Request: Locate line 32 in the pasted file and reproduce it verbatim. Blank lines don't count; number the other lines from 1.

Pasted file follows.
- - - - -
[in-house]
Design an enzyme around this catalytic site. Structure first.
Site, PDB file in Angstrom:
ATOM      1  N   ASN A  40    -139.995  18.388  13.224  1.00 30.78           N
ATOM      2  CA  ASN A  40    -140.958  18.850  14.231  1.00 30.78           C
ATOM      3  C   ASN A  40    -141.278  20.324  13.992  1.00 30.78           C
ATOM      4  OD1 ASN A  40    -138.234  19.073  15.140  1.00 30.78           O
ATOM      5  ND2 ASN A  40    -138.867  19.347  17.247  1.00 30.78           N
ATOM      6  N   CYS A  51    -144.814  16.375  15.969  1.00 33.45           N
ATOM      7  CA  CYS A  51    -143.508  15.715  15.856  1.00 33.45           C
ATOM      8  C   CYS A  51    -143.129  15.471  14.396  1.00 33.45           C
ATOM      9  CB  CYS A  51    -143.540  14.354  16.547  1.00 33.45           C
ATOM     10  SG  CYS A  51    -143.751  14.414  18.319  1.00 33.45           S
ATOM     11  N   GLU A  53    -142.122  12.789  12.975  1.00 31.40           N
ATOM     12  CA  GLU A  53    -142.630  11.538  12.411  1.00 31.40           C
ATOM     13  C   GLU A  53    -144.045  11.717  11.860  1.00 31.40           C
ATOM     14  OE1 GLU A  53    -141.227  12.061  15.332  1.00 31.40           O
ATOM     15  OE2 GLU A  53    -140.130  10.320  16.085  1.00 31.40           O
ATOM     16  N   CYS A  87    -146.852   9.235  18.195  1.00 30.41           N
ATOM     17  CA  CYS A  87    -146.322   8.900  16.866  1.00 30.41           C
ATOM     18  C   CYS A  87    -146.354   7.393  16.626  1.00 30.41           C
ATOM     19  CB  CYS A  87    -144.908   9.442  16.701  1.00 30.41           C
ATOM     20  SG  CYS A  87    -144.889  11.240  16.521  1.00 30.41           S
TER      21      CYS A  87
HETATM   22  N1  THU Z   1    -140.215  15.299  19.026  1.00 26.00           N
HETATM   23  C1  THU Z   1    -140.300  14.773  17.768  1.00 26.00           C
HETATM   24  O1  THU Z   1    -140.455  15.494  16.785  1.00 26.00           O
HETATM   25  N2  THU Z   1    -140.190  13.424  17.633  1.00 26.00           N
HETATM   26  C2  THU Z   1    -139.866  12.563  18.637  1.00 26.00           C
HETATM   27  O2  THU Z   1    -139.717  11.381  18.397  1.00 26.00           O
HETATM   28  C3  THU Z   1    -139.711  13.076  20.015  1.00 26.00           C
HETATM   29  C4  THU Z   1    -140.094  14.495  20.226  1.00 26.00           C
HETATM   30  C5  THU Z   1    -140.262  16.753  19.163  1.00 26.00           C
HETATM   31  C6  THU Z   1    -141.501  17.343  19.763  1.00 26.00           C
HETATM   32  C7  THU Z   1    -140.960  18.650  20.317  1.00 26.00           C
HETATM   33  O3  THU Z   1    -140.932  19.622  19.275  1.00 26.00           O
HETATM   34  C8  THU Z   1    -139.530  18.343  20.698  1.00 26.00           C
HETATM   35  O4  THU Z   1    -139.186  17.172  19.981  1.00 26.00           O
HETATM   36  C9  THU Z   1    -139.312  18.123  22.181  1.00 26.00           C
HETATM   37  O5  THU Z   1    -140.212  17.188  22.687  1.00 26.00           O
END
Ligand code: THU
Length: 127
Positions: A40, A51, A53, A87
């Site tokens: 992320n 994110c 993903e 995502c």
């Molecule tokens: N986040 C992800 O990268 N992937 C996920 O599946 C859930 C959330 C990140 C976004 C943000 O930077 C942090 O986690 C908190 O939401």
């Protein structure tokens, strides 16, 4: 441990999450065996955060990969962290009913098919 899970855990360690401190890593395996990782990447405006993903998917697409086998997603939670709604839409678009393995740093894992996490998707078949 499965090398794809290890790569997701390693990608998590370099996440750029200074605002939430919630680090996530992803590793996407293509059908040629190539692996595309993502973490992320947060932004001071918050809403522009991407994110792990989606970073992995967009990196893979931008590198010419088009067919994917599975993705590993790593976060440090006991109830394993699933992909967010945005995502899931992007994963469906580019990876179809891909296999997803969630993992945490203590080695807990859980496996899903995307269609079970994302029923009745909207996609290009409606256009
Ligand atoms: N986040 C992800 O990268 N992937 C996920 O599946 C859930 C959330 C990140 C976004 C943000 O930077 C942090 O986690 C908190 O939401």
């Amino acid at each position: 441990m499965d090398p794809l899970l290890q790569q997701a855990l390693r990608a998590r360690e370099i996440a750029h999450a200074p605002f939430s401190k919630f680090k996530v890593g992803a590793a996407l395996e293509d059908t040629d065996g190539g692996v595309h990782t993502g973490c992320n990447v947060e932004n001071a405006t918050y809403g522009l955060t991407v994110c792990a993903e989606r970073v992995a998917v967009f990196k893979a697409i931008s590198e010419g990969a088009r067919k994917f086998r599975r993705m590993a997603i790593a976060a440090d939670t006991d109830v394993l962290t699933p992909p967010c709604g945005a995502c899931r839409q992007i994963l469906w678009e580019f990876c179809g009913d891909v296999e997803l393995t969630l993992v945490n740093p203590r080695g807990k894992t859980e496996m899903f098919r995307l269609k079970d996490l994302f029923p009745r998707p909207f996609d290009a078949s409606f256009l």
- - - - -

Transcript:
HETATM   29  C4  THU Z   1    -140.094  14.495  20.226  1.00 26.00           C